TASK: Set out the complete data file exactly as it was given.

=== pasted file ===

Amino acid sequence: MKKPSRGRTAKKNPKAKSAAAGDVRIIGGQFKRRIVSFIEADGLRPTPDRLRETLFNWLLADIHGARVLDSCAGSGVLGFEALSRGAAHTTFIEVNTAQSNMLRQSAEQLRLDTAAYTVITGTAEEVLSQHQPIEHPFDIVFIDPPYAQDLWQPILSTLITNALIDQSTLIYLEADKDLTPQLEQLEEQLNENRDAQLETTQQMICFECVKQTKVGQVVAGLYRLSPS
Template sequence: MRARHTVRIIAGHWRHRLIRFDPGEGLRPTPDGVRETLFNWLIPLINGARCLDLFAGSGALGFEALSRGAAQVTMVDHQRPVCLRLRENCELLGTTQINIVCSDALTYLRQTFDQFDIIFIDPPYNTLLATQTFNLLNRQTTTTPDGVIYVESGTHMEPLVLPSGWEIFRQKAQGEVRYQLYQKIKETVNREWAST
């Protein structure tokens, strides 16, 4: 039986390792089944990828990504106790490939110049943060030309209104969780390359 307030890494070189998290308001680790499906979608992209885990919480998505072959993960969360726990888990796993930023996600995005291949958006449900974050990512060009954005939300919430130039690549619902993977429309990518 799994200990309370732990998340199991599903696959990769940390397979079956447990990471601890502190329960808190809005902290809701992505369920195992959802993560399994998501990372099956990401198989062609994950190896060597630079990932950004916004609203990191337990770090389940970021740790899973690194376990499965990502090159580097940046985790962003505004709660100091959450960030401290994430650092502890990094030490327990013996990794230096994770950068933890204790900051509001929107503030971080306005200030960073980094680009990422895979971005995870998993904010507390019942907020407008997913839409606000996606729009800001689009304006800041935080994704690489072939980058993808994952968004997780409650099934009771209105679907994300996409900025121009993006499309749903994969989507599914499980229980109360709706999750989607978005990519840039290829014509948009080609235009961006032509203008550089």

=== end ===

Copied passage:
Amino acid sequence: MKKPSRGRTAKKNPKAKSAAAGDVRIIGGQFKRRIVSFIEADGLRPTPDRLRETLFNWLLADIHGARVLDSCAGSGVLGFEALSRGAAHTTFIEVNTAQSNMLRQSAEQLRLDTAAYTVITGTAEEVLSQHQPIEHPFDIVFIDPPYAQDLWQPILSTLITNALIDQSTLIYLEADKDLTPQLEQLEEQLNENRDAQLETTQQMICFECVKQTKVGQVVAGLYRLSPS
Template sequence: MRARHTVRIIAGHWRHRLIRFDPGEGLRPTPDGVRETLFNWLIPLINGARCLDLFAGSGALGFEALSRGAAQVTMVDHQRPVCLRLRENCELLGTTQINIVCSDALTYLRQTFDQFDIIFIDPPYNTLLATQTFNLLNRQTTTTPDGVIYVESGTHMEPLVLPSGWEIFRQKAQGEVRYQLYQKIKETVNREWAST
């Protein structure tokens, strides 16, 4: 039986390792089944990828990504106790490939110049943060030309209104969780390359 307030890494070189998290308001680790499906979608992209885990919480998505072959993960969360726990888990796993930023996600995005291949958006449900974050990512060009954005939300919430130039690549619902993977429309990518 799994200990309370732990998340199991599903696959990769940390397979079956447990990471601890502190329960808190809005902290809701992505369920195992959802993560399994998501990372099956990401198989062609994950190896060597630079990932950004916004609203990191337990770090389940970021740790899973690194376990499965990502090159580097940046985790962003505004709660100091959450960030401290994430650092502890990094030490327990013996990794230096994770950068933890204790900051509001929107503030971080306005200030960073980094680009990422895979971005995870998993904010507390019942907020407008997913839409606000996606729009800001689009304006800041935080994704690489072939980058993808994952968004997780409650099934009771209105679907994300996409900025121009993006499309749903994969989507599914499980229980109360709706999750989607978005990519840039290829014509948009080609235009961006032509203008550089």